Nonetheless, as the Columbia University researchers write in Injury Epidemiology, a medical journal, they applied the theory to existing data and plan to test whether their projections will hold in coming years. They do not, however, see this as an academic exercise. Rather, they believe the patterns may hold clues into the extent to which public policy is making a dent in a serious problem. “Our projections, if partially accurate, may help assess intermediate outcomes to gauge whether interventions are working and guide long-term planning and management of public health resources and prevention efforts,” they write. Two of the four authors, by the way, are also editors of the journal.

Indeed, the burgeoning abuse and misuse of prescription painkillers has been a troubling issue for a number of years. The authors noted, for instance, that a 2011 report from the U.S. Centers for Disease Prevention and Control found that opioid painkillers accounted for approximately two-thirds of the total number of deaths attributed to prescription drug overdose. As we have written previously, the FDA has been struggling to find ways to ensure that drug makers develop abuse-resistant painkillers. However, efforts to restrict access have also caused a backlash among some physicians and patients, who say that well-intentioned moves to reduce addiction and overdoses have, in some cases, also overlooked legitimate need for pain relief.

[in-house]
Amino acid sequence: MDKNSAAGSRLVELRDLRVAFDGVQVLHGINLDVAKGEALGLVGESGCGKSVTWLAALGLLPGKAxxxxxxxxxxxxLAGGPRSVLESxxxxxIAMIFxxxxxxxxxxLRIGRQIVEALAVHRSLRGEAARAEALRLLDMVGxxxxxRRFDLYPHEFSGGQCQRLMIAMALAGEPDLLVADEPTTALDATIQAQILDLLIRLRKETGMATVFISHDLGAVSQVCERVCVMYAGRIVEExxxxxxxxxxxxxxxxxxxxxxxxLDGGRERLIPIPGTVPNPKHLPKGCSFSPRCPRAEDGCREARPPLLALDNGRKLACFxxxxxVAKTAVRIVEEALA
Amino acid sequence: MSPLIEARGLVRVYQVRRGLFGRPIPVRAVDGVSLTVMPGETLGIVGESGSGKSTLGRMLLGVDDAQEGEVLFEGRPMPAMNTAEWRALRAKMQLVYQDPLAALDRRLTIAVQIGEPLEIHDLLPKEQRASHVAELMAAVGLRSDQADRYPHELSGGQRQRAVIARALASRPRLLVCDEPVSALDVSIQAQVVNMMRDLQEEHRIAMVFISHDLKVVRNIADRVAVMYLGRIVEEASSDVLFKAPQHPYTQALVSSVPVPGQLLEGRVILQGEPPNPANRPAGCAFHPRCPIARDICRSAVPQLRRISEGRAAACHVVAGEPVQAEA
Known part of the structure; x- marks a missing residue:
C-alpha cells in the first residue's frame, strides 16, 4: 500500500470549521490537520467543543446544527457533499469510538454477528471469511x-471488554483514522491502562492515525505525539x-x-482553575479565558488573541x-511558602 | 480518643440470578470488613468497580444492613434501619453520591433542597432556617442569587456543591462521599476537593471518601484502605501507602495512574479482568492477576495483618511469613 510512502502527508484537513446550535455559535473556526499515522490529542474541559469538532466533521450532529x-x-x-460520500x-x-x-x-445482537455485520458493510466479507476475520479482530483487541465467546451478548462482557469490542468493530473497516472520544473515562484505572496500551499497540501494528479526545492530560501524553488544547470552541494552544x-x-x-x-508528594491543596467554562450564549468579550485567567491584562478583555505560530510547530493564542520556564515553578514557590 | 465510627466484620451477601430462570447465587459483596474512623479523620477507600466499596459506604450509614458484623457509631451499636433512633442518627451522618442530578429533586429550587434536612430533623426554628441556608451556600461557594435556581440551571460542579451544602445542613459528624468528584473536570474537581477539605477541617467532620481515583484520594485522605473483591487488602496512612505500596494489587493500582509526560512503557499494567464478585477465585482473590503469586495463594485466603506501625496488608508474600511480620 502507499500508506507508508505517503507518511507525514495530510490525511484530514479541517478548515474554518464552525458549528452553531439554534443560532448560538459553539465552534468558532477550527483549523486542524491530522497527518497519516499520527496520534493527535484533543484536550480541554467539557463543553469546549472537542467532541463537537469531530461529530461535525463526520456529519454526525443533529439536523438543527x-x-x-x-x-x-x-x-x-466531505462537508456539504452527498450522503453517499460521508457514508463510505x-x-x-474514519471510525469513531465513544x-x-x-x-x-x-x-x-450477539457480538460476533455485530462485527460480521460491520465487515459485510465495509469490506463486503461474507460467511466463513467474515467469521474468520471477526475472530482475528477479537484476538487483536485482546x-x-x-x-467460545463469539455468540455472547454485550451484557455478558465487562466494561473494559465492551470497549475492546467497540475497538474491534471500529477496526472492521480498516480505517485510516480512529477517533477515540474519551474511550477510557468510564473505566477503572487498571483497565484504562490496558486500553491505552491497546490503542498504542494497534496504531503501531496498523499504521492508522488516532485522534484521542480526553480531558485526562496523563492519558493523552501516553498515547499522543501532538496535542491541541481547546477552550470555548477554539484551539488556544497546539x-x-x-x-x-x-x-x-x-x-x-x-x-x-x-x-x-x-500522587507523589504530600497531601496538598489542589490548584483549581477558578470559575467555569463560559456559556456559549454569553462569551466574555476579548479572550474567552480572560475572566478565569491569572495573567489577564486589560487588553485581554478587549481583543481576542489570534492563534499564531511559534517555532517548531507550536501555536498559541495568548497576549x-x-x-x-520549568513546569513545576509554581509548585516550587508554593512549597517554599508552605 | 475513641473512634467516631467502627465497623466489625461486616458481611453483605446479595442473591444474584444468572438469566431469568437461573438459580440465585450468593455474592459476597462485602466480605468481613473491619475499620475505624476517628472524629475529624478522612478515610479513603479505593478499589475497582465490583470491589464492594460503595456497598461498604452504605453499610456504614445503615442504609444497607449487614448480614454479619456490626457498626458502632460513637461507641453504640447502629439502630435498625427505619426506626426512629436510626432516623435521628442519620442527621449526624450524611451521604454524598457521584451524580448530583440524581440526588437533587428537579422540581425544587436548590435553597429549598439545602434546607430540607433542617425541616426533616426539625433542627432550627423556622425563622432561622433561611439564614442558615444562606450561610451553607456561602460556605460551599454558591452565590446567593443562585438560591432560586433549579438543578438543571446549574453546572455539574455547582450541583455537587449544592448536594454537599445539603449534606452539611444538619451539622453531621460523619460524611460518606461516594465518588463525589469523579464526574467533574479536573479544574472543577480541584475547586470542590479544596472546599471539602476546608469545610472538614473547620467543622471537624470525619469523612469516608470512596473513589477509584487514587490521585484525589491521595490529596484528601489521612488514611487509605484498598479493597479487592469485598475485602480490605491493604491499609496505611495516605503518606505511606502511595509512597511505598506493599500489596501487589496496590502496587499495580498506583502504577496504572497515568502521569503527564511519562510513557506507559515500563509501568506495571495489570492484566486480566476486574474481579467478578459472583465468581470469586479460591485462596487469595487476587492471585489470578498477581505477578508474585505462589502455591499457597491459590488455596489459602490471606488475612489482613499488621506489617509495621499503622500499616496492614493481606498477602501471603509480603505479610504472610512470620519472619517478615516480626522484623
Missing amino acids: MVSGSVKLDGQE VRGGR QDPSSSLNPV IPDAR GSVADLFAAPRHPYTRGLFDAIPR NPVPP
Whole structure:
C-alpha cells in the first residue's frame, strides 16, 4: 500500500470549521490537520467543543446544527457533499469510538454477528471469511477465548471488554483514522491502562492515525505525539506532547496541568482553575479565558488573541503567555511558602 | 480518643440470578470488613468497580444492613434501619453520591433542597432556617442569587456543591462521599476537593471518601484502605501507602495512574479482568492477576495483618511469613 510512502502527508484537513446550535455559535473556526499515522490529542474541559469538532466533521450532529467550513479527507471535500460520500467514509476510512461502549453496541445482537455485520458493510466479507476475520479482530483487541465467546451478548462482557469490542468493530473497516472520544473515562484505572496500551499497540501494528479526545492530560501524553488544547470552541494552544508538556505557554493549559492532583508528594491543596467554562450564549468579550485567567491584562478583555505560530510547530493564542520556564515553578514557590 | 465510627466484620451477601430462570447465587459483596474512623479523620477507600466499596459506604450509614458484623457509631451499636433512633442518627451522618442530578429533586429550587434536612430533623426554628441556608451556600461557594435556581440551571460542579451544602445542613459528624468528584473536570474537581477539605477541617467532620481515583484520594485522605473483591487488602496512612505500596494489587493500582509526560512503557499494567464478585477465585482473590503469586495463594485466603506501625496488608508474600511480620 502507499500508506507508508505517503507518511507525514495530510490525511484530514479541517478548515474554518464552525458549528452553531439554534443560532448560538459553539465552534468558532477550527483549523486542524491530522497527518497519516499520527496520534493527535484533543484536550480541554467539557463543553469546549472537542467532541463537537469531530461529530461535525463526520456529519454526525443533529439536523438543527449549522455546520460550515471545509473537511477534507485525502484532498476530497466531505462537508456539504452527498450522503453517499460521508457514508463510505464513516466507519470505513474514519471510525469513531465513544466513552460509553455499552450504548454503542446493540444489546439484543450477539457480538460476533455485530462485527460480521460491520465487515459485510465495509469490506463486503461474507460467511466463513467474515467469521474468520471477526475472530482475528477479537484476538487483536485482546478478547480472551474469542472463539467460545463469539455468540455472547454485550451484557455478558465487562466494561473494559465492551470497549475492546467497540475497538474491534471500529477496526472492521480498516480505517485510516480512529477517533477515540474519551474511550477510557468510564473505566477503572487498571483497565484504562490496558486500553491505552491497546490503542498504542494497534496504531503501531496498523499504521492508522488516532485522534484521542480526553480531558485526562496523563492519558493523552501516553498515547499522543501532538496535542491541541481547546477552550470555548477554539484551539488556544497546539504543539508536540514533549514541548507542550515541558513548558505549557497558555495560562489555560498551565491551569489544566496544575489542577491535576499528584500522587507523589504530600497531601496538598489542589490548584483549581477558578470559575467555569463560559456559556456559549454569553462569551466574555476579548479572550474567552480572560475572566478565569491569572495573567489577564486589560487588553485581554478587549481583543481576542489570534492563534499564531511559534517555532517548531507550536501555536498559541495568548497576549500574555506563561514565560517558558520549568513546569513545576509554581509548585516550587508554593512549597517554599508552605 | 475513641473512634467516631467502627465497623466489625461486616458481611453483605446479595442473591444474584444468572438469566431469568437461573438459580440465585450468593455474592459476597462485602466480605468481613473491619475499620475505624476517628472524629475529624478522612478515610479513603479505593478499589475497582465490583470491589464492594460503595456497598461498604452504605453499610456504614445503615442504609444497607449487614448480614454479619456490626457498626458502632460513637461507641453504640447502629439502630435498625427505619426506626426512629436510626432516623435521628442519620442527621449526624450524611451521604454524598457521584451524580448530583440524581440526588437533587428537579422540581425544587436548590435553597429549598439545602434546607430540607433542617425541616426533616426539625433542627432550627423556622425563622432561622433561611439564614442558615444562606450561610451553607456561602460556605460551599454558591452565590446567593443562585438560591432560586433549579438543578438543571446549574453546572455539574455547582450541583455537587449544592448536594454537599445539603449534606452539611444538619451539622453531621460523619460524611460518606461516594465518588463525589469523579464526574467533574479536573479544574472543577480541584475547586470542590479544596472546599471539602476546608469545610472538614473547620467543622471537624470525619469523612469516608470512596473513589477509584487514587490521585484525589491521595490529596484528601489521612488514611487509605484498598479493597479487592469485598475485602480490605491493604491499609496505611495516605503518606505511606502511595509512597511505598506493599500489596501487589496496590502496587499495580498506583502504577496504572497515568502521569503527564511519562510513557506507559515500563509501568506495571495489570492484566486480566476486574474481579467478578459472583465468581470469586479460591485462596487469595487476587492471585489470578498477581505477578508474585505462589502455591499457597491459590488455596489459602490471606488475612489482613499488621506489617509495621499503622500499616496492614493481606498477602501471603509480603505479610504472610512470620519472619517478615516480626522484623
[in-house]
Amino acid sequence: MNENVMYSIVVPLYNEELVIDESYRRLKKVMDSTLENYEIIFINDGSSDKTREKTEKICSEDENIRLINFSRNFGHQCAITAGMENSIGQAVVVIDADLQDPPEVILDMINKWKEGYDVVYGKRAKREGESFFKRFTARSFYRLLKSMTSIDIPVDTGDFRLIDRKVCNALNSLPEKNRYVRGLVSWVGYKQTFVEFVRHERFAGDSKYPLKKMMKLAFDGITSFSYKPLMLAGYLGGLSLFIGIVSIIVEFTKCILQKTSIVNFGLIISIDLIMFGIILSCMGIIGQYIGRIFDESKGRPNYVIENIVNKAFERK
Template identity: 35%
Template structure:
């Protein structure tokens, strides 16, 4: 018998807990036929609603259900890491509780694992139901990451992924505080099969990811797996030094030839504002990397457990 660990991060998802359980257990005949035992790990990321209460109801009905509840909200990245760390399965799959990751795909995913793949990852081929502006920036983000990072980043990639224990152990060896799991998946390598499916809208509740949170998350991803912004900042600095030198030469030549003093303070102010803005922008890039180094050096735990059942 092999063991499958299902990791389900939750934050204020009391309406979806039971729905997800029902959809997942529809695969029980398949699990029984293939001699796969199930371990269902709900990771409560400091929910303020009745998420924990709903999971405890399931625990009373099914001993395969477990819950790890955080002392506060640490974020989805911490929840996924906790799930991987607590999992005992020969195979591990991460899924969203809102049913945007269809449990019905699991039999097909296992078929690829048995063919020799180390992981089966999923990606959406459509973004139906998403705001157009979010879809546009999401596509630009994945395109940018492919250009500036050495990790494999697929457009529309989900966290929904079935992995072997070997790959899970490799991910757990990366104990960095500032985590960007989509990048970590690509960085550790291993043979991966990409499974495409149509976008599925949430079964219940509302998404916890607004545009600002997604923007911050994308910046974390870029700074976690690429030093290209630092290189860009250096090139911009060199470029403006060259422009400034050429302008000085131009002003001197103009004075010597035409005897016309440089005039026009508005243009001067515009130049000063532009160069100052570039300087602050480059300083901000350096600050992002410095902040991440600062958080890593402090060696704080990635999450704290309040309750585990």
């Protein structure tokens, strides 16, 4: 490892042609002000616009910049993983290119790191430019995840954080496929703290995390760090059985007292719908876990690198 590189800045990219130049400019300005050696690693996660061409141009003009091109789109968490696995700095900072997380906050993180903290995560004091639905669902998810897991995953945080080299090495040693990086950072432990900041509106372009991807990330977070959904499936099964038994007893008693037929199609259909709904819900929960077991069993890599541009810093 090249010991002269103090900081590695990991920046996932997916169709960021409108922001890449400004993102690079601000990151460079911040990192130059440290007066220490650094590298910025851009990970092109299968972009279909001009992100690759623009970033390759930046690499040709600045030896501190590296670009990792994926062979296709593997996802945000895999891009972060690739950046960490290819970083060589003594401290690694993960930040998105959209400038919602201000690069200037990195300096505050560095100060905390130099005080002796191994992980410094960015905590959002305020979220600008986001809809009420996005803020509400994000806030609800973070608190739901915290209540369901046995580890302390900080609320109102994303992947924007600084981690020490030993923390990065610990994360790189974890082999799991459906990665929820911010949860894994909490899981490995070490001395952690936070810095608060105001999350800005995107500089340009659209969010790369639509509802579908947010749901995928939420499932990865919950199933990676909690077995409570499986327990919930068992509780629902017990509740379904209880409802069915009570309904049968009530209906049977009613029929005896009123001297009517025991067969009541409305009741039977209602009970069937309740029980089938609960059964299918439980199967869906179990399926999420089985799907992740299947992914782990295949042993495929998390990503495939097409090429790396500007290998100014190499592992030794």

We should note that there are some limitations to their theory. As the authors concede, the method they applied “originated from studies of infectious diseases” and “it is unknown whether Farr’s Law applies to epidemics of a non-infectious origin.” Nonetheless, the authors maintain “it is plausible that a non-communicable disease, such as drug overdose, can follow infectious patterns.” As they explain it, a “theory of social contagion” has been used to explain various behavioral disorders and a “social mechanism of transmission may underlie” the reasons some people start using these drugs. From there, the usage may mimic infectious disease patterns, they write, “proliferating through the population until some natural threshold or intervention prevents further spread.” Of course, such thinking has been applied to obesity, which the authors also acknowledge has been controversial. Whether public policy interventions, such as prescription drug monitoring programs, prove to be effective remains to be seen. But the authors argue that if the rate at which deaths occur does drop, as their projections indicate, this would imply such efforts are “working and should be continued.